11) Untraceable (2008)

This thriller starring Diane Lane, Colin Hanks, and Billy Burke, focuses on the excessive and uncensored morbidity on the Internet. A hacker/serial killer has begun to systematically kidnap victims, whose tortures will depend on the number of visitors to his page. If nobody enters, the victim will be free, without a scratch.

Of course, the tortures begin to happen with an impressive speed while the portal receives more and more visitors, becoming a viral phenomenon.

Perhaps in 2008 the plot was somewhat exaggerated, conservatively antagonizing the internet and with an obvious agenda to control contents. But almost ten years later, although we love net neutrality, the truth is that the plot doesn't look so unreal now.

Open Windows

Open Windows

10) Open Windows (2014)

It's impossible not to respect Nacho Vigalondo's ambition. Open Windows, technically, is a great directing course and its relation with montage, using as a premise to narrate everything from the monitor of a computer, in real-time.

Unfortunately, the result is not as good as his ambition. One spends half of the film trying to catch up with the technology used and the outputs that different hackers-computer-criminal geniuses use to never ever break the narrative. So much explanation distracts a lot.

The plot is a wake-up call to the voyeur, the obsession with movie stars, and the violation of privacy, with echoes of Rear Window, now in interactive plan 2.0.

Open Windows leaves us an interesting experience, a couple of masterful sequences, a good performance by Elijah Wood, and Sasha Gray which, considering her acting background, stands out pleasantly.

The Fifth Estate

The Fifth Estate

9) The Fifth Estate (2013)

80% leaking and 20% hacking, The Fifth Estate is a biographical thriller about WikiLeaks, from the perspective of one of its collaborators, Daniel Domscheit-Berg (interpreted here by Daniel Brühl). Benedict Cumberbatch plays Julian Assange and of course, the whole movie revolves around his interpretation.

Locating The Fifth Estate's intentionality is as complex as the relationship between Cumberbatch and Assange. Assange asked Cumberbatch not to be part of this project, but Cumberbatch ignored him. Both have a friendly relationship, with Cumberbatch even supporting and thanking the existence of Wikileaks. And although it seems that Assange has a deep respect for the actor, he hasn't stopped qualifying the film as a "massive propaganda attack."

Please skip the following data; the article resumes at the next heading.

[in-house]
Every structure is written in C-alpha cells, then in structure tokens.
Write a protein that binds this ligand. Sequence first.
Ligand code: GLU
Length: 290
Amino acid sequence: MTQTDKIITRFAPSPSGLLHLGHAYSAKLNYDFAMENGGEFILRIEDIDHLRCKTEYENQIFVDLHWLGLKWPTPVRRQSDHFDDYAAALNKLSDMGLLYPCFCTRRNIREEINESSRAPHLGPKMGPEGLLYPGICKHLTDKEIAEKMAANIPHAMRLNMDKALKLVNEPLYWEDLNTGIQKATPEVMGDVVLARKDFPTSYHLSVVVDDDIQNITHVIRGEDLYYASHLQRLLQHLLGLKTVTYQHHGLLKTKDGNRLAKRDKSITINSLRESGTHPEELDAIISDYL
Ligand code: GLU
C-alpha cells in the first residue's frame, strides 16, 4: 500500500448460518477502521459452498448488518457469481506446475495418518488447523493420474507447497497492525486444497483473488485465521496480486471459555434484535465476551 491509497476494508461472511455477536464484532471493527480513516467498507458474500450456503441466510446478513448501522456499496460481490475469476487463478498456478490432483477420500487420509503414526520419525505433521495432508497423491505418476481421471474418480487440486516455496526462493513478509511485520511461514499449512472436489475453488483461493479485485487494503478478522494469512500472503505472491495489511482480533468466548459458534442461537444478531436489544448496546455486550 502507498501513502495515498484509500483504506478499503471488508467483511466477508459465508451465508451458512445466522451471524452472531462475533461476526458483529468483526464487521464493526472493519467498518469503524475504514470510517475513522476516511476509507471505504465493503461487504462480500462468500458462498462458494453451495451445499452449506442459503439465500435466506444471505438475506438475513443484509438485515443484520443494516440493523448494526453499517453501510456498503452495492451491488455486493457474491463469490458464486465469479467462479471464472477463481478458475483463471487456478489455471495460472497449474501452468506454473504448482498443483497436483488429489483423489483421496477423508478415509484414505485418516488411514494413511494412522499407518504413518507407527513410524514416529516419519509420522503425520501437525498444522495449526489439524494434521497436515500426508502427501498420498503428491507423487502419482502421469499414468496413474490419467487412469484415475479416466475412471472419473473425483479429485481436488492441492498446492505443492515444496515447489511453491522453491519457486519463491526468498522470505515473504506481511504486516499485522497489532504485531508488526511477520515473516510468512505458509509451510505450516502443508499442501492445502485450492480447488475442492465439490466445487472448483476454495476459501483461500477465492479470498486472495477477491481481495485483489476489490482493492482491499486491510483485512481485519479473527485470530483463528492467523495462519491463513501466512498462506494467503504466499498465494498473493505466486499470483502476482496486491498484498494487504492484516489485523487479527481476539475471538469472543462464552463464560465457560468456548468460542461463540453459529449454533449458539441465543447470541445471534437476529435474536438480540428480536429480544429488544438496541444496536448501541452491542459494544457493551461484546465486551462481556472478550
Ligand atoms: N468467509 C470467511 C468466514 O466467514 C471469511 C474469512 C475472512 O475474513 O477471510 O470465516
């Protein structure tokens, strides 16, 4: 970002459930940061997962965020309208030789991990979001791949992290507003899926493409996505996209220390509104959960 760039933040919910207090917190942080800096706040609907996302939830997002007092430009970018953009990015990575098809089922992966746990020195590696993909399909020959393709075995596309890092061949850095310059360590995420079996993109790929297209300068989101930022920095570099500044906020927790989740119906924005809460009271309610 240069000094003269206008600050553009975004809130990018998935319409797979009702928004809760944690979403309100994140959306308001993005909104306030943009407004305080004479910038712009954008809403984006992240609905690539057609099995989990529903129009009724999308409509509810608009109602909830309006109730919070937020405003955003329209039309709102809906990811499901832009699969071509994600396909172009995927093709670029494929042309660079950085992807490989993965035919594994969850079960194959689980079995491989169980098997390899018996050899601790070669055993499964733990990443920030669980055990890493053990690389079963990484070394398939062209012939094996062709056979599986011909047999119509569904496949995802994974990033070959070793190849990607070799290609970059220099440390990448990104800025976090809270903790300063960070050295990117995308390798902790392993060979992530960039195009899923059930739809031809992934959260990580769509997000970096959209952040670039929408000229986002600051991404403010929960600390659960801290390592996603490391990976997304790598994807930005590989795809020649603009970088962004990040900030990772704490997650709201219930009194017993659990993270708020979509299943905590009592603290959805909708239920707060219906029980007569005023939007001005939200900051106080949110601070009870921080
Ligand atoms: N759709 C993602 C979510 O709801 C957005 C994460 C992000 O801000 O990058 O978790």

Regardless, it's a look at the creation of WikiLeaks and therefore, a must on this list.

8) Blackhat (2015)

Ignore the fact that this movie was a box office failure. Blackhat is a serious hacking action/thriller with the seal of quality of Michael Mann.

Political tensions with the Chinese government, NSA, nuclear plants, and many well-achieved action sequences. Blackhat also had a great team of advisors and researchers, which is why the hacking sequences are one of the most authentic, real, and genuine ones ever filmed.

The only thing openly unreal is the fact that a hacker looks like Chris Hemsworth. But beyond that, the Australian actor does a great job and has great chemistry with his co-stars Leehom Wang and Tang Wei.



7) Cyberbully (2015)

This modest TV movie about a depressed teenager who starts to be manipulated by a cyberbully deserves a place on this list for several reasons.

First of all, writer/director Ben Chanan managed, with the help of his actresses and daughters, to correctly portray the current western adolescent slang/culture and its complicated relationship with social networks.

Narrated in real-time, with a one-hour duration, the tension achieved, even with a small dose of unreality (the magnitude of the hacking is somewhat an overkill), is great. Based on real-life experiences, Cyberbully is a relevant portrait of the enormous power we give to our digital footprint and how the culture of trolling permeates our lives.

And above all, the performance of Maisie Williams (Game Of Thrones' Arya) in what is practically a tour-de-force where her face is the 95% of the film, is admirable and the main reason to give this movie a chance.

War Games

War Games

6) WarGames (1983)

Yes. We're talking about the movie where a young Matthew Broderick plays Galaga and is a genius hacker of dial tone telephones. Yes, computers are gigantic metal furniture with lots of red and yellow little light bulbs, like Batman's TV show. Yes, the computer "villain" has the idiotic name of WOPR (which means "War Operation Plan Response" but obviously you just think of the burger). There is no doubt, the technology of this film already looks completely obsolete, idiotic, and unreal.

But still, its cute approach to hacking, the wonderful anti-war message, and the tension of the last act is still a unique experience. WarGames greatly compares the Cold War to child's games with bruised egos and activated paranoia. As the defining phrase goes: "Nuclear War is a strange game in which the only winning move is not to play."